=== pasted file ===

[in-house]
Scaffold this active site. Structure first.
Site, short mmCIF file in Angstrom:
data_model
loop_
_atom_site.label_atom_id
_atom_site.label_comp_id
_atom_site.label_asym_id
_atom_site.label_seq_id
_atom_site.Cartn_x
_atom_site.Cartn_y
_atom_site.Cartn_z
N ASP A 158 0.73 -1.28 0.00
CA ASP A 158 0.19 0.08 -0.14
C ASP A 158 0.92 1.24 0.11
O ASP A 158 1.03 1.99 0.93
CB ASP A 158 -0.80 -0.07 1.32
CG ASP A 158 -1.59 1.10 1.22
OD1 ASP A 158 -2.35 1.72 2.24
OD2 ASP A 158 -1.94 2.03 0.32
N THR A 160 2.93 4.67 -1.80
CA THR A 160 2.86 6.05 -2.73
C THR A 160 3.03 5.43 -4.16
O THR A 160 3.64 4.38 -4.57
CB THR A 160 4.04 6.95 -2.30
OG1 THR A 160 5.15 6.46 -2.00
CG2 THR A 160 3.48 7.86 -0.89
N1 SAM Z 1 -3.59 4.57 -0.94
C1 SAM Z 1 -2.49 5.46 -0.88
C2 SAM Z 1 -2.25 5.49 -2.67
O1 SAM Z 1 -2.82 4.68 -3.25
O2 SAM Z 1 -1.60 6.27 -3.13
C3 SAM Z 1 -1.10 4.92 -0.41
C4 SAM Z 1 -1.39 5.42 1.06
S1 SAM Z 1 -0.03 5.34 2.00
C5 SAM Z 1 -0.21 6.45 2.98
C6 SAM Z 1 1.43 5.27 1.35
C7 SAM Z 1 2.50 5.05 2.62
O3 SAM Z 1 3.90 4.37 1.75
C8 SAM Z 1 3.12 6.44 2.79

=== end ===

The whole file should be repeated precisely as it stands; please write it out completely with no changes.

[in-house]
Scaffold this active site. Structure first.
Site, short mmCIF file in Angstrom:
data_model
loop_
_atom_site.label_atom_id
_atom_site.label_comp_id
_atom_site.label_asym_id
_atom_site.label_seq_id
_atom_site.Cartn_x
_atom_site.Cartn_y
_atom_site.Cartn_z
N ASP A 158 0.73 -1.28 0.00
CA ASP A 158 0.19 0.08 -0.14
C ASP A 158 0.92 1.24 0.11
O ASP A 158 1.03 1.99 0.93
CB ASP A 158 -0.80 -0.07 1.32
CG ASP A 158 -1.59 1.10 1.22
OD1 ASP A 158 -2.35 1.72 2.24
OD2 ASP A 158 -1.94 2.03 0.32
N THR A 160 2.93 4.67 -1.80
CA THR A 160 2.86 6.05 -2.73
C THR A 160 3.03 5.43 -4.16
O THR A 160 3.64 4.38 -4.57
CB THR A 160 4.04 6.95 -2.30
OG1 THR A 160 5.15 6.46 -2.00
CG2 THR A 160 3.48 7.86 -0.89
N1 SAM Z 1 -3.59 4.57 -0.94
C1 SAM Z 1 -2.49 5.46 -0.88
C2 SAM Z 1 -2.25 5.49 -2.67
O1 SAM Z 1 -2.82 4.68 -3.25
O2 SAM Z 1 -1.60 6.27 -3.13
C3 SAM Z 1 -1.10 4.92 -0.41
C4 SAM Z 1 -1.39 5.42 1.06
S1 SAM Z 1 -0.03 5.34 2.00
C5 SAM Z 1 -0.21 6.45 2.98
C6 SAM Z 1 1.43 5.27 1.35
C7 SAM Z 1 2.50 5.05 2.62
O3 SAM Z 1 3.90 4.37 1.75
C8 SAM Z 1 3.12 6.44 2.79